Rose is just an ordinary girl with an average life and regular parents. Every year, her family travels to Awago Beach for a summer filled with sun and surf, accompanied by her younger friend, Windy. But this year, everything feels different, including Rose herself. She’s begun to notice things she hasn’t seen in years past: the inner dynamics of family life, a running thread of teenage angst that permeates the town, and an older boy who works in the video store that she and Windy frequent during the summer. It seems as though this summer marks the beginning of something new and different for Rose, but she doesn’t know if she’s ready for it.
This One Summer is the day-to-day story of Rose’s experiences over a single summer, a quiet reflection on the people and situations she encounters, and the way she deals with her parents’ gradual separation. Her parents won’t stop fighting, but Rose doesn’t understand why they started in the first place. She experiences the first stirrings of love when she meets Dunc, the boy at the video store. But as she explores the town and learns its secrets, she realizes that he is involved in something troubling. Coupled with her mother’s mood swings and her father’s decision to leave, Rose feels confused and angry. Readers will accompany Rose on her journey of self-discovery and disappointment, finding a touch of optimism along the way.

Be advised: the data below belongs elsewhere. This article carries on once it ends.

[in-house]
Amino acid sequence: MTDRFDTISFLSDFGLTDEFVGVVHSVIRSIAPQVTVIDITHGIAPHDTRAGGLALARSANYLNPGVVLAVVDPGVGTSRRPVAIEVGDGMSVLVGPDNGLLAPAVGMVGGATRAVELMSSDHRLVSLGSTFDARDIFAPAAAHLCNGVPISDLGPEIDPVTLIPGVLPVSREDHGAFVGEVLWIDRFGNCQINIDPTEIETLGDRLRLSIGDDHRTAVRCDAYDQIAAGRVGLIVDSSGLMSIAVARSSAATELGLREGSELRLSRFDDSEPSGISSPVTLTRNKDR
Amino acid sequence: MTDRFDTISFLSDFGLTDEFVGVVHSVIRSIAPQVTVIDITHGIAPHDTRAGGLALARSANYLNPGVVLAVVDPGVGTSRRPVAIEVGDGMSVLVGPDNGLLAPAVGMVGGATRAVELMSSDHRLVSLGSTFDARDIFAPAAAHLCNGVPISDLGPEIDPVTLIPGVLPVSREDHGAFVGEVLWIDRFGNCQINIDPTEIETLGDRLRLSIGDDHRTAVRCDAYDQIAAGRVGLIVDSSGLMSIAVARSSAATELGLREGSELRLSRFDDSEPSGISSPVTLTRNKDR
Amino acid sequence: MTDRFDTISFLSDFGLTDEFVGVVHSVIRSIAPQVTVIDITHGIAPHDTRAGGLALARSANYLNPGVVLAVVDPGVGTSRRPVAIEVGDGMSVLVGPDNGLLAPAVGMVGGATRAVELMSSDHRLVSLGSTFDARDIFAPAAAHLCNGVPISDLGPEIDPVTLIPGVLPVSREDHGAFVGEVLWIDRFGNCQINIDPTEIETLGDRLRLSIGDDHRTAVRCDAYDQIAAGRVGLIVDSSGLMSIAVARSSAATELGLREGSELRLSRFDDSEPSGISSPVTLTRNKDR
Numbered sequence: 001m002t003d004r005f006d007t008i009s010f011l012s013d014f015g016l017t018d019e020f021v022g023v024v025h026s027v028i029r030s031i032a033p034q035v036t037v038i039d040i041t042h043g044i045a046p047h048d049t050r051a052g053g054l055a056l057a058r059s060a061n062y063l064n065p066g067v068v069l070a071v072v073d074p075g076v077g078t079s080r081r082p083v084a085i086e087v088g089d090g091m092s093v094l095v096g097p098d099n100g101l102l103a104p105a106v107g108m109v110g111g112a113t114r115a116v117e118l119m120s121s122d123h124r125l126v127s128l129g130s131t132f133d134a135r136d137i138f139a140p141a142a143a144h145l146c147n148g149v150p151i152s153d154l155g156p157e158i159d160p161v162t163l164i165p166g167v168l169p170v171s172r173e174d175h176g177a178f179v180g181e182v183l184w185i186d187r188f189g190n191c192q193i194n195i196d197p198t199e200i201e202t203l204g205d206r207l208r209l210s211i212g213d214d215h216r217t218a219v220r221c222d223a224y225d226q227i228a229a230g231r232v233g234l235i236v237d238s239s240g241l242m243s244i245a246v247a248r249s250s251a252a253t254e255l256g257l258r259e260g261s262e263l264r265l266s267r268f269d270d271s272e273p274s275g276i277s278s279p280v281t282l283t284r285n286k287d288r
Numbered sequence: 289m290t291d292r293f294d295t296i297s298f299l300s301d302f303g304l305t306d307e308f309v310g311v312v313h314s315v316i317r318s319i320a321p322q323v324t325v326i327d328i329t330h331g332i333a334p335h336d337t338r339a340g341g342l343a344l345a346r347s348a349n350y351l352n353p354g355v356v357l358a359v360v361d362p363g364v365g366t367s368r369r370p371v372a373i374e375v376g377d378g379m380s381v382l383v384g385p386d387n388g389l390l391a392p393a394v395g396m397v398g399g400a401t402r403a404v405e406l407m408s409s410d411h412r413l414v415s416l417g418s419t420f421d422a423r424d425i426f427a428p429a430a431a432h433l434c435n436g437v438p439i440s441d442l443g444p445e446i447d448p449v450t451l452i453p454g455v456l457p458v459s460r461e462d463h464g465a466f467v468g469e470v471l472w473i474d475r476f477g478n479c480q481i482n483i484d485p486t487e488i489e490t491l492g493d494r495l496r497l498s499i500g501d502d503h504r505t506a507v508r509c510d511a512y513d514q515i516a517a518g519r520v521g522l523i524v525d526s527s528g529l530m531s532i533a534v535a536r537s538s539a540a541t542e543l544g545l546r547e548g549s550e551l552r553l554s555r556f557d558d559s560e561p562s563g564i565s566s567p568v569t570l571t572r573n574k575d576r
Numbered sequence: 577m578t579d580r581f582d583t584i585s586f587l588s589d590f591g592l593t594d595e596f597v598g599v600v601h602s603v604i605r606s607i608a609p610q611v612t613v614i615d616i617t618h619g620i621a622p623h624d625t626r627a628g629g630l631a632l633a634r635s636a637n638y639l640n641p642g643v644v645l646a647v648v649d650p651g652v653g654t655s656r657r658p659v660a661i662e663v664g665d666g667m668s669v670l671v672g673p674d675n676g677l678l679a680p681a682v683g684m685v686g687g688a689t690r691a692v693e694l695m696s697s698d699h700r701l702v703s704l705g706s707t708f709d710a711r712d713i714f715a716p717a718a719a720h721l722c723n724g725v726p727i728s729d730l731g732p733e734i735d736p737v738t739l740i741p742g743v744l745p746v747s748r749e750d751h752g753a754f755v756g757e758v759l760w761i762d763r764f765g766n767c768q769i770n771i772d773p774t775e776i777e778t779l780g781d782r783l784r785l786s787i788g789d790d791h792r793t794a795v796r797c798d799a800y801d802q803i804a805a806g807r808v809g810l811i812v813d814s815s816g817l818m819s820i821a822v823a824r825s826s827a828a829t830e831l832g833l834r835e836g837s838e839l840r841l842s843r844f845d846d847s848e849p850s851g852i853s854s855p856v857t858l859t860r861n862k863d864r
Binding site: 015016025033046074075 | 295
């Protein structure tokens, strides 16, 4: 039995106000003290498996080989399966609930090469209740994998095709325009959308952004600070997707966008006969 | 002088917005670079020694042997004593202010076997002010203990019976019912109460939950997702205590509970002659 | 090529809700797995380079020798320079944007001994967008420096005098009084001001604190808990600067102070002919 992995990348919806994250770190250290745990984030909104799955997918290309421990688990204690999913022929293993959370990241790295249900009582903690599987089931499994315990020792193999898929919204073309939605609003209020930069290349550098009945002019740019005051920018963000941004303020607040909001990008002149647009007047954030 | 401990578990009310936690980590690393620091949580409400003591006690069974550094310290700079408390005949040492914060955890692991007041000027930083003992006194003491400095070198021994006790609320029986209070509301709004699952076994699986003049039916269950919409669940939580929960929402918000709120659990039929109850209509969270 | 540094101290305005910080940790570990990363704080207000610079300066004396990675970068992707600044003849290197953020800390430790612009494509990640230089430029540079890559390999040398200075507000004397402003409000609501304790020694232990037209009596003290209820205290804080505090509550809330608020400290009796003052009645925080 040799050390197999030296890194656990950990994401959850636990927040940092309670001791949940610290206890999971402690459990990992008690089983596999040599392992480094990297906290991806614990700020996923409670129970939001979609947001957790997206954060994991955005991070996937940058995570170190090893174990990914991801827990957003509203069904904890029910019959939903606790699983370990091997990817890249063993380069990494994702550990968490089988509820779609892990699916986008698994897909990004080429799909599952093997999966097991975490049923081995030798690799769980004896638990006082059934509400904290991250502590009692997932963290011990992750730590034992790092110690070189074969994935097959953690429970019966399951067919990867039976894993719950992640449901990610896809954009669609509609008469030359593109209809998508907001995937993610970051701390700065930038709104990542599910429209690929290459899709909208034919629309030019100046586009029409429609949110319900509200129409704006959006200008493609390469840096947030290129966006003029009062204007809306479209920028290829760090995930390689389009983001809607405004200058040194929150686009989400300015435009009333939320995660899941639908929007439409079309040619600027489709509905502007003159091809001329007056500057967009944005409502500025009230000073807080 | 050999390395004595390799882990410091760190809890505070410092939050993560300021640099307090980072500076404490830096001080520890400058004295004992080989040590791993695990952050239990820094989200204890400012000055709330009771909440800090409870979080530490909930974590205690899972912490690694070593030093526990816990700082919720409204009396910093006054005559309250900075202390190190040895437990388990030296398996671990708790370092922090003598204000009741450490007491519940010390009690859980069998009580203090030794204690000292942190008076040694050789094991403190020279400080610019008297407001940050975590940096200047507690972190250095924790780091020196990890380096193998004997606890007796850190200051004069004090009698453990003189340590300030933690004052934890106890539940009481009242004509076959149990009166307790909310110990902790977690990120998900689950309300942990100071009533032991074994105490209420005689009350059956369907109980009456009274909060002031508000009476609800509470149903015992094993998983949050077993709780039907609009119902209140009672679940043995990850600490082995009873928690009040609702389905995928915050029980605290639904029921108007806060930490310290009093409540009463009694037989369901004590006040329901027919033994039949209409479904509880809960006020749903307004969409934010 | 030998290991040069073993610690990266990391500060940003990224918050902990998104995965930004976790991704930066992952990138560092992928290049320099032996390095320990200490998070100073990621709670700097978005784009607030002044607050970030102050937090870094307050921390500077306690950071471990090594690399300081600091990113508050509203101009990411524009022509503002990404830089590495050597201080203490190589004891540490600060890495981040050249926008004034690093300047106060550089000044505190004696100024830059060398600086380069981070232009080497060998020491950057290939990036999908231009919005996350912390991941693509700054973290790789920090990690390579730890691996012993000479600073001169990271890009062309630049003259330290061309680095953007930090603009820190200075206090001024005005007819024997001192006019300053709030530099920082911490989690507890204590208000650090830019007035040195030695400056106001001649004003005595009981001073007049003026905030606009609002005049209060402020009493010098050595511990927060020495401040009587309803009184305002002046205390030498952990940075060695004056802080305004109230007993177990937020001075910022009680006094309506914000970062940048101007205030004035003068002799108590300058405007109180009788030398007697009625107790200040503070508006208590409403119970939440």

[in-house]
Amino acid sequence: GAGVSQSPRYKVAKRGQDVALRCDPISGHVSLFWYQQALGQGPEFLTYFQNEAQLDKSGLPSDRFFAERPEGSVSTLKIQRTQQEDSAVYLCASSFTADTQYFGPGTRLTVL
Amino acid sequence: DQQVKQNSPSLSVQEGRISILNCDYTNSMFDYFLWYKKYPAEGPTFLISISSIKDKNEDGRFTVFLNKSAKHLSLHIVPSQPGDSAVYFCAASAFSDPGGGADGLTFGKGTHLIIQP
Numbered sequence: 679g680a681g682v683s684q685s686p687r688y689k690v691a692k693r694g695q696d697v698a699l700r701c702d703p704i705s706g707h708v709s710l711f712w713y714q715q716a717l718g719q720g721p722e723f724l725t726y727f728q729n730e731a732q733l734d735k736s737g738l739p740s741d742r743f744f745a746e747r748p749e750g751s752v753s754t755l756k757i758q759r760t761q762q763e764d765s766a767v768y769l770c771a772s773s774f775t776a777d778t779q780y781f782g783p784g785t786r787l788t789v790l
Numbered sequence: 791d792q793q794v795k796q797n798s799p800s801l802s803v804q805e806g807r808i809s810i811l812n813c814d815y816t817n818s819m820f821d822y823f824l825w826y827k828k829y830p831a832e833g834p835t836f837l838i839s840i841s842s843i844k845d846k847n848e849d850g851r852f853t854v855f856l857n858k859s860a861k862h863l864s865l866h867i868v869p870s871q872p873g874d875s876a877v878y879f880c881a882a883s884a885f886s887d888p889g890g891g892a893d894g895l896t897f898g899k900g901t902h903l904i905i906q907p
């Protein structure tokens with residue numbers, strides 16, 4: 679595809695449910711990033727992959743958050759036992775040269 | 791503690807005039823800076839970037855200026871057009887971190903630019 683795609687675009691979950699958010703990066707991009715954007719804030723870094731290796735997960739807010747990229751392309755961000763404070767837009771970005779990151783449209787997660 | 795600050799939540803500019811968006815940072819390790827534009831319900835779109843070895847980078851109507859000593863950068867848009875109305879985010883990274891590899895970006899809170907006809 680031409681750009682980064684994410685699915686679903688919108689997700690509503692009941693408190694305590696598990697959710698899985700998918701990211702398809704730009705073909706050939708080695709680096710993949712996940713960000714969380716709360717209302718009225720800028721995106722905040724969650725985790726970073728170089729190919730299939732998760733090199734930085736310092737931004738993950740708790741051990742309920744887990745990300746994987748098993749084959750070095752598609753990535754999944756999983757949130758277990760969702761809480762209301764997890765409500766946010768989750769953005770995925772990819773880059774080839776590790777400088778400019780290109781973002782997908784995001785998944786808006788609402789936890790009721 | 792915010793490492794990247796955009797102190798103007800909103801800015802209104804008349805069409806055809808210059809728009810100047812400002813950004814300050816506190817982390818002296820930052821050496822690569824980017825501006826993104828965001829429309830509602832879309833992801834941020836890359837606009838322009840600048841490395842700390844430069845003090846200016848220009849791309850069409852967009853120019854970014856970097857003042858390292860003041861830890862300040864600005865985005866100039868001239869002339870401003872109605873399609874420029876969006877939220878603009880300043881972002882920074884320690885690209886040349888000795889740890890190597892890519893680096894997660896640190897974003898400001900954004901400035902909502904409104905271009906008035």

Cousins Mariko and Jillian Tamaki, the author and illustrator of the wonderful graphic novel Skim, have given readers another story full of real-life heartbreak and hope that illustrates what it means to be a teenager coming of age, even when you’re not sure you’re ready. So deftly is this coming-of-age story told that adult readers will be transported back to their own teenage years. Present-day teenagers will feel a kinship with Rose, whose experiences and feelings are so similar to their own, so much so that it’s like she’s a real person.
Jillian Tamaki’s illustrations are as beautiful as ever, mixing full-page artwork with traditional paneled pages brimming with texture and detail. The blue-toned sepia palette lends a dreaminess to the illustrations, while a mixture of sharp line drawings and shading add depth, imbuing the images with a life-like quality. Situated perfectly in each panel, the word bubbles and lettering never overpower the characters or the action.
This One Summer is another beautiful and touching story from the Tamaki cousins, one that sets a high standard for the teen experience as expressed in the graphic novel format.
This One Summer
by Mariko Tamaki
Art by Jillian Tamaki
First Second, 2014